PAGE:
News & Media

Australian Synchrotron Breaks New Ground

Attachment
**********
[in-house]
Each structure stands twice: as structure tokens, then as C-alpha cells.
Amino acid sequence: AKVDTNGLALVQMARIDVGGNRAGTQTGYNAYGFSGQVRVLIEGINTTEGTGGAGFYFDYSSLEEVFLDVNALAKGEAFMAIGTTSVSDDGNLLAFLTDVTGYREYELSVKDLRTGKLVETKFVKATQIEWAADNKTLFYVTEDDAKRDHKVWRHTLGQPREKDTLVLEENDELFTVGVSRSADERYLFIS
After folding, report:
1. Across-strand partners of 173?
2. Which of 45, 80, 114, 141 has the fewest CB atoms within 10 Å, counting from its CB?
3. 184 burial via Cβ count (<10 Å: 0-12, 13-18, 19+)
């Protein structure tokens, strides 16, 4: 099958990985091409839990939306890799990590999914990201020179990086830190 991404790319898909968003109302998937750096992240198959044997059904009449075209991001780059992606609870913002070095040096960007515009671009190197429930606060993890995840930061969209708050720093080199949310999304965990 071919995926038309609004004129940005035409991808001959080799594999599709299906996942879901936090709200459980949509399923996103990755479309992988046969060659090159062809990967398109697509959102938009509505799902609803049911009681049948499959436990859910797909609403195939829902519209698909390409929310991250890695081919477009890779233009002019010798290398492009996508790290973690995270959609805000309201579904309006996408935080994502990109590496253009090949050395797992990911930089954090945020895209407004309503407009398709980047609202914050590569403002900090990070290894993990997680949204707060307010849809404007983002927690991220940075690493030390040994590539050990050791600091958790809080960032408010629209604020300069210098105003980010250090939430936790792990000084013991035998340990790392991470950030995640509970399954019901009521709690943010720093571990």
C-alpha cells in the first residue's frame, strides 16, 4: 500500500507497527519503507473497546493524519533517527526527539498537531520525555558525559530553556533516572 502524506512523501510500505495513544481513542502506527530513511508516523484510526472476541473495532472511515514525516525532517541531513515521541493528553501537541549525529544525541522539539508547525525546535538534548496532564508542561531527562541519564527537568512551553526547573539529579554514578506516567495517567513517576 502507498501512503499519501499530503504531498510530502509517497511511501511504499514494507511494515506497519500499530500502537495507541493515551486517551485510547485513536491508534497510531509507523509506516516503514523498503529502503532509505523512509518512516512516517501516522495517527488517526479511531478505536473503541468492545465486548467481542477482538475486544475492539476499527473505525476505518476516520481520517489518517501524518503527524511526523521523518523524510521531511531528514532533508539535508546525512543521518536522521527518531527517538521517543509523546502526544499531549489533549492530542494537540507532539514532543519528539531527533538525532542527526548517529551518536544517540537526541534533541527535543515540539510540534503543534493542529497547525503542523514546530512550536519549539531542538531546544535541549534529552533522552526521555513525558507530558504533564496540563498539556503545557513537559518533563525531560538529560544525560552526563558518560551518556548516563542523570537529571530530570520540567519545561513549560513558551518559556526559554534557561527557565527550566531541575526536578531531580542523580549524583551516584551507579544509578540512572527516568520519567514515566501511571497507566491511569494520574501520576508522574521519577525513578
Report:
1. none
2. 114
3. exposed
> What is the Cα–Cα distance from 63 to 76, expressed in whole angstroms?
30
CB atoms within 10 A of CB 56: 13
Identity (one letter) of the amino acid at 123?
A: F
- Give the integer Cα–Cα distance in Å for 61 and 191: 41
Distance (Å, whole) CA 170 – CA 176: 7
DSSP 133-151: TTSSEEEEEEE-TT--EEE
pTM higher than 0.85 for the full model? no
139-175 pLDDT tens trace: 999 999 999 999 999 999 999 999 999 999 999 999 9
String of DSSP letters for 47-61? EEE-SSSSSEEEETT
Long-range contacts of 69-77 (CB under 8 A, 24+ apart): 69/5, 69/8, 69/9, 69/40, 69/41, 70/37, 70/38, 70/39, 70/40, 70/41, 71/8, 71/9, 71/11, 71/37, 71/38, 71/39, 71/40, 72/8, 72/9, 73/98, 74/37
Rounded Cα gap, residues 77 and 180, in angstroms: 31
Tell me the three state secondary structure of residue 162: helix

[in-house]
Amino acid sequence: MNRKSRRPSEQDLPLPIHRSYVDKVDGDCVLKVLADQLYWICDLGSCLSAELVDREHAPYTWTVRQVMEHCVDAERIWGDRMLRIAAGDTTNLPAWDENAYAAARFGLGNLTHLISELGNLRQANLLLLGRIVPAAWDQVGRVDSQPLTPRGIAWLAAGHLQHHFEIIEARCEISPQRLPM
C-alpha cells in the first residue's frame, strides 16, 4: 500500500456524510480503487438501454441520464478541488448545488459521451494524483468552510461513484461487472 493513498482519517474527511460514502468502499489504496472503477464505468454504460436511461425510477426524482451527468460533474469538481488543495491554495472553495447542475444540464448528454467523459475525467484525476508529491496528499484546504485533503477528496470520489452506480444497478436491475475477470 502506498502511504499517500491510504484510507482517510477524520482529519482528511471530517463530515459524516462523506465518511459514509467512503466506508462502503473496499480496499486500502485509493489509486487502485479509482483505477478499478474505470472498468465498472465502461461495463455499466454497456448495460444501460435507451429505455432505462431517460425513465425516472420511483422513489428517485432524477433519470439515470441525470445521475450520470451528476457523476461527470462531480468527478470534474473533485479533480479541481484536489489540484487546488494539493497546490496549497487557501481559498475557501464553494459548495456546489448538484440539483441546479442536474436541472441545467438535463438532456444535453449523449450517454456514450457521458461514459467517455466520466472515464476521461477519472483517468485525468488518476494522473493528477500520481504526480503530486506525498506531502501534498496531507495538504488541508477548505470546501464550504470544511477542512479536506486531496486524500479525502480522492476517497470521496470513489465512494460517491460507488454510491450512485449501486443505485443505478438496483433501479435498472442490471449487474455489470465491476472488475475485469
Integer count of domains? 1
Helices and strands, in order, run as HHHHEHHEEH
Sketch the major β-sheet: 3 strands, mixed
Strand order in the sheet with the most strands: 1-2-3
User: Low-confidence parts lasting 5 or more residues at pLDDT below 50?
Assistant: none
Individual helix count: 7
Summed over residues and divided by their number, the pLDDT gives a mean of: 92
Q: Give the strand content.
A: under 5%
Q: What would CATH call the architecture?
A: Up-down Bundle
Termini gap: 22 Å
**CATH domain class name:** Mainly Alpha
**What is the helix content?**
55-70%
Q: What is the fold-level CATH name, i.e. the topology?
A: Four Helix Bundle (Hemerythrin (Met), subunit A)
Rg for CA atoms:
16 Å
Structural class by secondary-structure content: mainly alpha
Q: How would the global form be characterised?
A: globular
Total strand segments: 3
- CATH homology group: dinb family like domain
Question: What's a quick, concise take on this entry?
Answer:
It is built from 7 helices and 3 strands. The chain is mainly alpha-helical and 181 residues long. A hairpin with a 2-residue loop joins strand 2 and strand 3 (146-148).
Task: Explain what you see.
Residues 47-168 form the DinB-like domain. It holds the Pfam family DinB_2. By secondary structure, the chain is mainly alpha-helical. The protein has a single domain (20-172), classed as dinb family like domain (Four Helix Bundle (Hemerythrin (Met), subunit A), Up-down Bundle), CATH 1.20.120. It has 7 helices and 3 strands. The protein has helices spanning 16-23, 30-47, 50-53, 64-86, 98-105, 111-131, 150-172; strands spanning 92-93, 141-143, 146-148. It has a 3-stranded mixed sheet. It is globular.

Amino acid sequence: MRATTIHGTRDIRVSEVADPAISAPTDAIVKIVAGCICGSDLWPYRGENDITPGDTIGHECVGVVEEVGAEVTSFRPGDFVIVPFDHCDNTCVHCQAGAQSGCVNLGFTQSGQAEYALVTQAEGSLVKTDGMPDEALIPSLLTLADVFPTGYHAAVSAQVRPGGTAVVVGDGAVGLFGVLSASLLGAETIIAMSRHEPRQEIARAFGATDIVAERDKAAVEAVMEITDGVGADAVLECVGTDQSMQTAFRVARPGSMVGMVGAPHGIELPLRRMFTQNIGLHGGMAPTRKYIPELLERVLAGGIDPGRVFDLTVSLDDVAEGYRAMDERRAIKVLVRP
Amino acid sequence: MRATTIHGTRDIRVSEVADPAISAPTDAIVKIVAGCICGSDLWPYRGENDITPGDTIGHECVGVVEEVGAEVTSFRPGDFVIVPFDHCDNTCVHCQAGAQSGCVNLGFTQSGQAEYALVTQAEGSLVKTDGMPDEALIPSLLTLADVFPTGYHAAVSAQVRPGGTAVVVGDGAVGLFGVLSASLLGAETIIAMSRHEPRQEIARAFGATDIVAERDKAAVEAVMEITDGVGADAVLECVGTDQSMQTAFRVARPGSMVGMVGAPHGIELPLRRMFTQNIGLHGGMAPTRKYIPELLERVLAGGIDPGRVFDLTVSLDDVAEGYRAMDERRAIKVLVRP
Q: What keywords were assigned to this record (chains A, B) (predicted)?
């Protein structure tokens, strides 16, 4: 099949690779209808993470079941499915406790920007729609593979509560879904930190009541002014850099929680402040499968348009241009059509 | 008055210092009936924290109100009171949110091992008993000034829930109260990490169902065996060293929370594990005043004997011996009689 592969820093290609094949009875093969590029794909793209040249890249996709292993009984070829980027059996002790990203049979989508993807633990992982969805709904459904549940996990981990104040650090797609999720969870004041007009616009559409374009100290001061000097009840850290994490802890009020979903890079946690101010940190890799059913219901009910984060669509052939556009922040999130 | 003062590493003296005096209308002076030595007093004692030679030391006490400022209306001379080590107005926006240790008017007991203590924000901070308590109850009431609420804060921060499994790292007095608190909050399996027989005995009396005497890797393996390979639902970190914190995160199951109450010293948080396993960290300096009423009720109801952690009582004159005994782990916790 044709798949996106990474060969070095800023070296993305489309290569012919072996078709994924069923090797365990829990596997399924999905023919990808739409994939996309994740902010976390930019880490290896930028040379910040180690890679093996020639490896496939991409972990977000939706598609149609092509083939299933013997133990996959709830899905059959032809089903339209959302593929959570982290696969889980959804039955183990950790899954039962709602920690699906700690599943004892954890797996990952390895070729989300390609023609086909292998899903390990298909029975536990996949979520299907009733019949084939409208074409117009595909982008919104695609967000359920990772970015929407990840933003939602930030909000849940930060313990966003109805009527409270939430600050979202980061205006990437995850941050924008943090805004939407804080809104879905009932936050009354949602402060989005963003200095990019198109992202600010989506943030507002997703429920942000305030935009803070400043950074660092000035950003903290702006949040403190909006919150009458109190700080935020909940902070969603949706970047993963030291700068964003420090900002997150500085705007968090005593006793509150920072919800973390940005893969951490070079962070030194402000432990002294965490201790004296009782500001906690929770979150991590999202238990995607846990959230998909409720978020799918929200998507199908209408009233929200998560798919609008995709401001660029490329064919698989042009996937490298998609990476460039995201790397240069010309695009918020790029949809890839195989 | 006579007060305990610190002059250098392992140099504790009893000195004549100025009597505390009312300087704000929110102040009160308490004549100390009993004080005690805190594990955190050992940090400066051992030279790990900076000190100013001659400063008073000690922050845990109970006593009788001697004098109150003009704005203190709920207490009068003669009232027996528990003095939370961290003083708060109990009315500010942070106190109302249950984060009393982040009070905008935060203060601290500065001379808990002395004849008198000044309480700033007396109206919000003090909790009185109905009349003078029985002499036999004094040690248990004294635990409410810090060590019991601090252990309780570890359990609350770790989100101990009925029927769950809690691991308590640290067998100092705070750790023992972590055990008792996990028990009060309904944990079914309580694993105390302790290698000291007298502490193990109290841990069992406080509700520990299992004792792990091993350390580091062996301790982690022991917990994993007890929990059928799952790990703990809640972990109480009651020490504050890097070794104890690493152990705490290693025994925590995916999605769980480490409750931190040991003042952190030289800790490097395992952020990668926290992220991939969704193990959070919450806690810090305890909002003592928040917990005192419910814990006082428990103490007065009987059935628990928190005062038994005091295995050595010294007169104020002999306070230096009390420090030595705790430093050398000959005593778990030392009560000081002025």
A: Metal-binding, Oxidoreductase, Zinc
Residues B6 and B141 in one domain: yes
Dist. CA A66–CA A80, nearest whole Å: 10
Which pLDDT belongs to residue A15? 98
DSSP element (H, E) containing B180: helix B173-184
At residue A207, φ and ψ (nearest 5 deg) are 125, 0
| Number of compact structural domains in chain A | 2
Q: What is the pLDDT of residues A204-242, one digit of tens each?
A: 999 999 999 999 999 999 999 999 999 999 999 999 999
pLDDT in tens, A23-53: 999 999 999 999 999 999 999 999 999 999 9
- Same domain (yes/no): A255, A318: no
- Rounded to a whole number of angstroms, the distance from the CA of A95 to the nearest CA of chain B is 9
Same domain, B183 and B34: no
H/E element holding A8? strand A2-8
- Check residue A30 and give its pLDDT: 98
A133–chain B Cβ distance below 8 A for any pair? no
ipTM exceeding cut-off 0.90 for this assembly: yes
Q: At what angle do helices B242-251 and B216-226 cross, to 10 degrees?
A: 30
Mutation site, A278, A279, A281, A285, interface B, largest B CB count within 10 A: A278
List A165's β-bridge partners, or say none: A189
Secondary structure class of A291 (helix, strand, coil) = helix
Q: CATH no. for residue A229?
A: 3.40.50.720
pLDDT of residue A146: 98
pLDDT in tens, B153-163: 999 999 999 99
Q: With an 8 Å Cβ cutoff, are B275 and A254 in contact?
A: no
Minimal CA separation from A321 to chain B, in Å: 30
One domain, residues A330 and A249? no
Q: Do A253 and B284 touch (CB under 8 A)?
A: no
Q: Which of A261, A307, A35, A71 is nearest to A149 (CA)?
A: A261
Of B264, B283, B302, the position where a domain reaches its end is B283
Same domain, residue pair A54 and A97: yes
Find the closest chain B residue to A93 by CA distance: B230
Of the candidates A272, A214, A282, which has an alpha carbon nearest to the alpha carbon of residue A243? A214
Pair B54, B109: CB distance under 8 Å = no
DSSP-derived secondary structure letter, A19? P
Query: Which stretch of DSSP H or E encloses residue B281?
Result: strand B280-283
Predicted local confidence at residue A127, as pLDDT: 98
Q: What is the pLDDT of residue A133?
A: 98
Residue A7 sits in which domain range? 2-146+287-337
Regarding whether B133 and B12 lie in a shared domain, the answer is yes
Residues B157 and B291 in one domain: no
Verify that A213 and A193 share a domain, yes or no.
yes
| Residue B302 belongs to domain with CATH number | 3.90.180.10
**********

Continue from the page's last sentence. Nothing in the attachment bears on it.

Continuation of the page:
A new era in Australian research into chronic diseases like cancer started today at the Australian Synchrotron, with construction beginning on a new $10 million facility for advanced medical research Minister for Innovation, Gavin Jennings, said the new beamline would be the first at the centre to be used for research into new techniques for medical diagnosis and therapy “This new beamline, one of the first in the world, will be the centrepiece of the Imaging and Medical Therapy centre,” Mr Jennings said. “Opening in late 2008, the new Imaging and Medical Therapy Centre will use synchrotron x-rays to advance studies in biological, medical and industrial sciences. “It will lead to major advances in medical, biomedical and industrial imaging and importantly assist with the development and delivery of new cancer treatments.” Health Minister Daniel Andrews said cancer was the leading cause of death for Victorians, with one in three affected by the disease. “The new beamline will continue to foster Victoria’s international reputation in cancer research,” Mr Andrews said. “This initiative shows that Victorians can be confident that the Government is committed to improving cancer services and building on Victoria’s status as a world-class centre for research and cancer treatment excellence.” Mr Andrews said that while cancer survival had increased from 48 per cent in 1990 to 61 per cent in 2004 in Victoria, the government would continue to work on finding new treatments. “Since 2000 this Government has committed nearly $700 million in medical research to create world class research facilities, including $25 million towards establishing the Olivia Newton John Cancer Treatment and Research Centre at the Austin Hospital,” Mr Andrews said. “The Government’s Victorian Cancer Agency Consultative Council was created last year to help turn laboratory breakthroughs into improved treatments. “We’ve also appointed leading cancer surgeon Professor Robert Thomas as the state’s first Chief Clinical Advisor for Cancer and announced several exciting initiatives including $5 million planning money for a world-class cancer precinct at Parkville. “We have also instituted new regulations around the use of solariums that will save the lives of Victorians and announced nearly $6 million in research grants for 2007/08, nearly three times the allocation last year.” Mr Jennings said that in addition to pioneering new treatments for cancer, the Imaging and Medical Therapy Centre would further medical research that could help premature babies. “Synchrotron x-rays allow our leading scientists to see for the first time what happens when mammals take their first breath,” Mr Jennings said. “It’s not well understood how our lungs go from a fluid to an aerated state when we are born and for premature babies, this process can be problematic due to the immaturity of their lungs. “Through the examination of lungs in animals, the Synchrotron will enable us to build a model that will help take the guesswork out of ventilation in humans in to the future.” Professor Tony Burgess from the Ludwig Institute for Cancer Research said the new facility will lead to major breakthroughs for Australian biomedical science. “Having this facility on our own soil will not only speed up existing research, it will allow many more medical researchers to access these tools for the first time,” he said. Mr Jennings said the $220 million Australian Synchrotron’s wide-ranging applicability to medial research, aeronautics, materials engineering, agriculture and general biology made it a key part of Australia’s innovation future. “Since the Australian Synchrotron officially opened in July 2007, Australian and international scientists have used the facility’s unique research capabilities to examine a wide range of biological, geological and engineering samples,” Mr Jennings said. “Many have already made significant advances in important fields such as climate change, in-vitro fertilisation, mineral processing and the development of new medical drugs. “The Synchrotron is also being used remotely by school physics students to study light ensuring as many Australians as possible are benefiting from this world class research facility.” Catherine Walter, Chair of the Australian Synchrotron Company, said today’s announcement was an important milestone in the development of the facility. “We already have a world-class synchrotron. This new development has the potential to take us to the forefront of biomedical research and position us within the top three synchrotron facilities world-wide in this field,” Ms Walter said. Mr Jennings said today’s announcement at the Australian Synchrotron was part of a two day Cabinet Forum to focus on Victoria’s biotechnology and medical research sector. “The Victorian Government’s Biotechnology Strategic Development Plan aims to position the State among the world’s top five destinations for biotechnology by 2010,” Mr Jennings said. “The Plan’s targets include seeing 10 firms achieve market capitalisation in excess of $250 million and the sector to have raised $1 billion in capital by 2010.”